Chakras & the Training Pyramid: Part 2

Balance, rhythm and the sacral chakra.

Last week, we discussed the connections between the first level of the training pyramid, relaxation, and the base chakra.

This illustration first appeared in the November 1997 issue of Dressage Today magazine ( Used here with permission.

This week, let’s talk about balance, rhythm, and the sacral chakra.

The sacral chakra, the second of the seven chakras, is located about two inches below the navel of most humans, just above the pelvic bowl (the location of the root chakra). The sacral chakra is the center for trust, emotions, and motivations. As most of us riders have experienced at some point in our riding careers, tension in the hip area can impede our riding.

Such tension, relative to chakras, is due to the sacral chakra being closed. Emotional tension also resides here; have you ever felt fear and had your gut tighten up in physical response to the fear? That is the sacral chakra closing.

Closing the sacral chakra means we are neither balance nor rhythmic riders. Rather, we are stiff and disconnected from our horse — physically, mentally, and emotionally. If your horse feels tight, or behind the leg, he may be reflecting your own tightness in the sacral chakra.

One can open the sacral chakra in several ways. Dancing is a great way to keep this chakra open and flowing, and the more hip gyrations, the better! #ChannelYourInnerElvis

Yoga, especially positions that focus on opening up your hips, is also helpful for getting the sacral chakra flowing.

Perhaps one of the best things you can do to get your sacral chakra open and flowing, however, is to live in the moment. Let go.  Release. When in the saddle, strive to focus on each stride instead of any thoughts that bring a sense of pressure to your mind. Learn to put negative thoughts on hold, so you don’t get obsessed by such negative, constricting thoughts such as what “could” go wrong, where you have to be after you finish riding, or anything else that tries to restrict your core.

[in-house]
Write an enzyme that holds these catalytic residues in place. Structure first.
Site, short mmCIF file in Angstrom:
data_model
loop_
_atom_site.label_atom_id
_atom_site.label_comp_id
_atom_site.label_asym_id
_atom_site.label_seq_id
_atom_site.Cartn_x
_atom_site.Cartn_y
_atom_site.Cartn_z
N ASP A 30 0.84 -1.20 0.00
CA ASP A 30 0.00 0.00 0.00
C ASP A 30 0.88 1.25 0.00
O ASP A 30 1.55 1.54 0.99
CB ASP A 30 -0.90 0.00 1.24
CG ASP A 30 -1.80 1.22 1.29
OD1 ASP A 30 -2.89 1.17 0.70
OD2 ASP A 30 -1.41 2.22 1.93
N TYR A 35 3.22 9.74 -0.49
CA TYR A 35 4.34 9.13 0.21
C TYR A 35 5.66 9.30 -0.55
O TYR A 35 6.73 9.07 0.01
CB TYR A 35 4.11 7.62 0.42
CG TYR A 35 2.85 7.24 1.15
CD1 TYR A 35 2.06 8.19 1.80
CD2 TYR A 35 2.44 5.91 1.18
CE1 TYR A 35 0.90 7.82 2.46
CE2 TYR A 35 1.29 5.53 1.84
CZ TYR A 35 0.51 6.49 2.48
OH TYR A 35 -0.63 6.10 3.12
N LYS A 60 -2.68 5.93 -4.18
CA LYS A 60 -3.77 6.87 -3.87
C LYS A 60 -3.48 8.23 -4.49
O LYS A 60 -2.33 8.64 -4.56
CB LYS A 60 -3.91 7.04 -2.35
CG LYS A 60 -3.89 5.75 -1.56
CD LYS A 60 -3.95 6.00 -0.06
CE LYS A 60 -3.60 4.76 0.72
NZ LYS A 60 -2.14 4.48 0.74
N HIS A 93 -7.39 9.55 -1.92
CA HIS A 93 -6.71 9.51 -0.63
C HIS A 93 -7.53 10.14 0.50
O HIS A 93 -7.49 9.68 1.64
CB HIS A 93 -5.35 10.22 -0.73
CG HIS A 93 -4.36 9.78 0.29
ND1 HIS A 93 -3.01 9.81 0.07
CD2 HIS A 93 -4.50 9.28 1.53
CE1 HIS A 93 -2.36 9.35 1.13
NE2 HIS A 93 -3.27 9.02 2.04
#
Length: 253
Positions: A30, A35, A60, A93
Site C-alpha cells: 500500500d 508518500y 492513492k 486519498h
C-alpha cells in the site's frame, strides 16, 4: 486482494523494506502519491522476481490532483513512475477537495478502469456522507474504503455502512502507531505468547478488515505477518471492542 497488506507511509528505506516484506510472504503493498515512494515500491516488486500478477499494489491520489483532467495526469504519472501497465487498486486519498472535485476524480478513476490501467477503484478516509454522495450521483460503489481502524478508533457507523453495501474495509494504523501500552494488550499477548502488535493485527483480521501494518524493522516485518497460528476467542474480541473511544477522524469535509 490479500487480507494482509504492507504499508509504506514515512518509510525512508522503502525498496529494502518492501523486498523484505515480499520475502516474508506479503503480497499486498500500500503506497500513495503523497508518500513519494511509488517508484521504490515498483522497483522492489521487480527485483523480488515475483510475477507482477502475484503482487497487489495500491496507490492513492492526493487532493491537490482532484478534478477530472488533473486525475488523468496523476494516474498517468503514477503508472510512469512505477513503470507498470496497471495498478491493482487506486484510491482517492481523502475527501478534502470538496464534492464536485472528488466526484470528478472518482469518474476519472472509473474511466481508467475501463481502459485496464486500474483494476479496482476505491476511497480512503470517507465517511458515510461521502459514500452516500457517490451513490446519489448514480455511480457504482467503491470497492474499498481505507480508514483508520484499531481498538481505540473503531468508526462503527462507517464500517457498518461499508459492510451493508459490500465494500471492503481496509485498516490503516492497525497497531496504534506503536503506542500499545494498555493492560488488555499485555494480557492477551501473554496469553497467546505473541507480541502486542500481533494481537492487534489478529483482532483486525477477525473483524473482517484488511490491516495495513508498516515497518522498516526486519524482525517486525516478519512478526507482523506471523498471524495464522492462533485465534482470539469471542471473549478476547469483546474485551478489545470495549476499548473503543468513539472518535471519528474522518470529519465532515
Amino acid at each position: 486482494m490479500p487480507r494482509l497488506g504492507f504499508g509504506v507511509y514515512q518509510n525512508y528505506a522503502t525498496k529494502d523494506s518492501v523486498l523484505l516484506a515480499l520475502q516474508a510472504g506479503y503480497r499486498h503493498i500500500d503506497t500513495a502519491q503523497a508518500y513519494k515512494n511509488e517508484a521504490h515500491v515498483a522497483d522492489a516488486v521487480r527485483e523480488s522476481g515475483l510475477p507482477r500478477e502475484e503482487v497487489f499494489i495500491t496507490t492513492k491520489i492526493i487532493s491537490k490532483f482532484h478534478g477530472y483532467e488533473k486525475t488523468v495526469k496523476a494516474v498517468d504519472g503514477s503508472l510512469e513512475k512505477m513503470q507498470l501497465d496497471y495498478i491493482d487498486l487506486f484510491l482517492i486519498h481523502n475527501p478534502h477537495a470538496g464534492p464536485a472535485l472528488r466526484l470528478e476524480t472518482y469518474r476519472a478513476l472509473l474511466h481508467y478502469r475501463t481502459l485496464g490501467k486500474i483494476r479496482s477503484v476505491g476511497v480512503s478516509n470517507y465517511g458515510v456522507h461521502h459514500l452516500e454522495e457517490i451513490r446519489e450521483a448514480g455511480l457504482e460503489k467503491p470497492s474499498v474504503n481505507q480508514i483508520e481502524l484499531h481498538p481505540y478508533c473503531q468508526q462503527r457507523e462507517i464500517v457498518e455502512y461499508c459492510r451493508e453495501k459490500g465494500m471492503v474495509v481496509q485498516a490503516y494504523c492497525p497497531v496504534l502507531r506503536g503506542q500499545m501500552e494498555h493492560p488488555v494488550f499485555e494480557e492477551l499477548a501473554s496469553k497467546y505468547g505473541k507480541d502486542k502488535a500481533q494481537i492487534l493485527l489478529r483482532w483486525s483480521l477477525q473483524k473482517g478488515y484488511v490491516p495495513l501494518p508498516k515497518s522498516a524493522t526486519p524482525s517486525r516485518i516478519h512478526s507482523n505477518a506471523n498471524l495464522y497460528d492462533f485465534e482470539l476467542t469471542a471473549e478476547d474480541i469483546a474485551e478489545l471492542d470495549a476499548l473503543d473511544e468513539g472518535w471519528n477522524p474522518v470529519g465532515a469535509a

Toning the muscles in your core actually helps open the flow of the sacral chakra. The firm, supportive core muscles provide a column of support through which the inner workings of this chakra can simply flow up to your head and, simultaneously, down through your horse. Want to ride like the great masters and “grow out of your horse” like a centaur? Have an open sacral chakra.

As an example to illustrate an extraordinarily open sacral chakra, below is a photo of adult amateur rider Dara Lindner. The horse is relaxed and listening, and Dara’s base chakra is open and deep in the saddle.

Once the horse is relaxed, it is time to help them become balanced and rhythmic in their movements. Note Dara’s open and rotating hips, as evidenced by the forward roll of her hips under her beltline. This is the sacral chakra area, and Dara is following her riding partner’s movements easily because her hips are naturally so open – they can literally flow with the horse’s movement.

Also note her open hands, which further release the sacral area so the entire body of the horse can flow forward along his spine from tail to nose. This openness allows the horse to be balanced; note the very small displacement of the arena surface, despite the horse’s full weight on the outside hind, as well as the vertical symmetry of the three airborne hoofs and the horizontal symmetry between the shoulders and hips – these elements disclose a training level horse in a balanced frame, traveling in a steady, rhythmic canter.

Adult amateur rider Dara Lindner on BLM mustang, Kaliwohi. Photo by Esther Roberts.

As equestrians and athletes, we tone our core to support our upper body, yet we need to maintain an inner, open relaxation throughout the core, so the sacral chakra can be open and flowing. This allows us to flow with the forward movement of our riding partner, which, in turn, allows our riding partner to move in a balanced and rhythmic way with every stride and, especially, during transitions.

This is why it is so important to not “tense up” during a transition, but, rather, relax, breathe deep, and utilize minimal, specific muscle groups when giving the half-halt to communicate the upcoming change to the horse. Keep the sacral chakra open and allow the horse to flow forward all the time, whether forward flowing into an upward (faster) gait or even flowing forward to the halt. This openness and forward flow will help keep your horse from jolting through a transition, dropping into a transition, or sucking back and having to be driven to the transition.

By allowing the sacral chakra to be always open, the horse’s body can flow forward in every moment of movement, and this creates true balance and allows your horse to maintain a steady rhythm.

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